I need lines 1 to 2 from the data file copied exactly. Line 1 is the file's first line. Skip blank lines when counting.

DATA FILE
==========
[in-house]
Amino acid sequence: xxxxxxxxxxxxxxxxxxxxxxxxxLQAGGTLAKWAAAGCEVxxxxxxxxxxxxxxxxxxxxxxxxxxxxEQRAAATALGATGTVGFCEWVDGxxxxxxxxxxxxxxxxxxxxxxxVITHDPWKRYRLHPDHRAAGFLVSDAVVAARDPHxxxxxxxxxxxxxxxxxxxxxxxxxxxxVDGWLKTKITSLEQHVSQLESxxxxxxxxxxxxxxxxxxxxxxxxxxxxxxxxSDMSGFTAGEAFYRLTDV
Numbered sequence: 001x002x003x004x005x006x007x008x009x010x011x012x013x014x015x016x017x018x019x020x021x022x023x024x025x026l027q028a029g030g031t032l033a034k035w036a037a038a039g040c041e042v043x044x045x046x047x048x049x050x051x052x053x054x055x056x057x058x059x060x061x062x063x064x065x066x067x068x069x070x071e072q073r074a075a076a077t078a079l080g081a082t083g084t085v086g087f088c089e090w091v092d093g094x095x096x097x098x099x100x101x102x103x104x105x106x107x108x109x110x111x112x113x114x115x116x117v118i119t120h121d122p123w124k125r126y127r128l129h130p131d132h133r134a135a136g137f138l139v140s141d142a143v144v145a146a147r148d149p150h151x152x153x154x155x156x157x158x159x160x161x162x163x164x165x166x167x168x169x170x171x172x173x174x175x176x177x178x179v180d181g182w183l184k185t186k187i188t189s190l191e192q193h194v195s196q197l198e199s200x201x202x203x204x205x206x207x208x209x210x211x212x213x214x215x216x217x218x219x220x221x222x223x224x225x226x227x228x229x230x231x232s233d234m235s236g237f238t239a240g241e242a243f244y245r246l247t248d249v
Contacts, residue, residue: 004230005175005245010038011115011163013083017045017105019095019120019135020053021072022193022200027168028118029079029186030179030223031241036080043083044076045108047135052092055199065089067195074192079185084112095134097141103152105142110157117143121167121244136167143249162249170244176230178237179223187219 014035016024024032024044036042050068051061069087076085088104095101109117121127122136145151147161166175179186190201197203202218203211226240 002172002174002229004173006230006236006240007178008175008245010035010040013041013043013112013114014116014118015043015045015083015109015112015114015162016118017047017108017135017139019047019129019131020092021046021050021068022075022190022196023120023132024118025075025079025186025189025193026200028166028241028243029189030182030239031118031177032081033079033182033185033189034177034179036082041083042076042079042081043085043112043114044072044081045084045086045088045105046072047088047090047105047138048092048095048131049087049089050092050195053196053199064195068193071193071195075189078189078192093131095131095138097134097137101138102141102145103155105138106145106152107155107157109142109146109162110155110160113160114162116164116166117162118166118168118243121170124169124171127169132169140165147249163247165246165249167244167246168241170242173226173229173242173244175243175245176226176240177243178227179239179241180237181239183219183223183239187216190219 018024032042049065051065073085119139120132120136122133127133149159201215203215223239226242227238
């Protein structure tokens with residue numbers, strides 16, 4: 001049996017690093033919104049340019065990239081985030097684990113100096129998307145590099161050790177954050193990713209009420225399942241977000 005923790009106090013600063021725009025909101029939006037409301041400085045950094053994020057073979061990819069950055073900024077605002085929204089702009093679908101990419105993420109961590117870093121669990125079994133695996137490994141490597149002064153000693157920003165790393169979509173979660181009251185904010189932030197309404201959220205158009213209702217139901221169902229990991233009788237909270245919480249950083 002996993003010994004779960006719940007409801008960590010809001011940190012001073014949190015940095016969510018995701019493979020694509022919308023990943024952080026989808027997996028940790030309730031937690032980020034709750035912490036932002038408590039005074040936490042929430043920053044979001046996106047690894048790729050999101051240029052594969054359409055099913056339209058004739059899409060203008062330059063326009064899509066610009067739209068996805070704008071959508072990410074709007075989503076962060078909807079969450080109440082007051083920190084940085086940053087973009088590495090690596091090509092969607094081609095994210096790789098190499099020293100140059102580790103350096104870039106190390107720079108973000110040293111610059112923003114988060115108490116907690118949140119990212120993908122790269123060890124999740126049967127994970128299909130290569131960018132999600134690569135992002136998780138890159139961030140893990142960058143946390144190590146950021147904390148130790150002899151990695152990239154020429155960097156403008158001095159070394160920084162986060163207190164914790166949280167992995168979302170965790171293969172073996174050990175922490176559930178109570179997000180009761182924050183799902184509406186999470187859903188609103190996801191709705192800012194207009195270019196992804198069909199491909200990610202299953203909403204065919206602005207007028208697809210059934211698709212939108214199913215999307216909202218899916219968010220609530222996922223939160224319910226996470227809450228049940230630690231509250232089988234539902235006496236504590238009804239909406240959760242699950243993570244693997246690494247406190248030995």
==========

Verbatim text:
[in-house]
Amino acid sequence: xxxxxxxxxxxxxxxxxxxxxxxxxLQAGGTLAKWAAAGCEVxxxxxxxxxxxxxxxxxxxxxxxxxxxxEQRAAATALGATGTVGFCEWVDGxxxxxxxxxxxxxxxxxxxxxxxVITHDPWKRYRLHPDHRAAGFLVSDAVVAARDPHxxxxxxxxxxxxxxxxxxxxxxxxxxxxVDGWLKTKITSLEQHVSQLESxxxxxxxxxxxxxxxxxxxxxxxxxxxxxxxxSDMSGFTAGEAFYRLTDV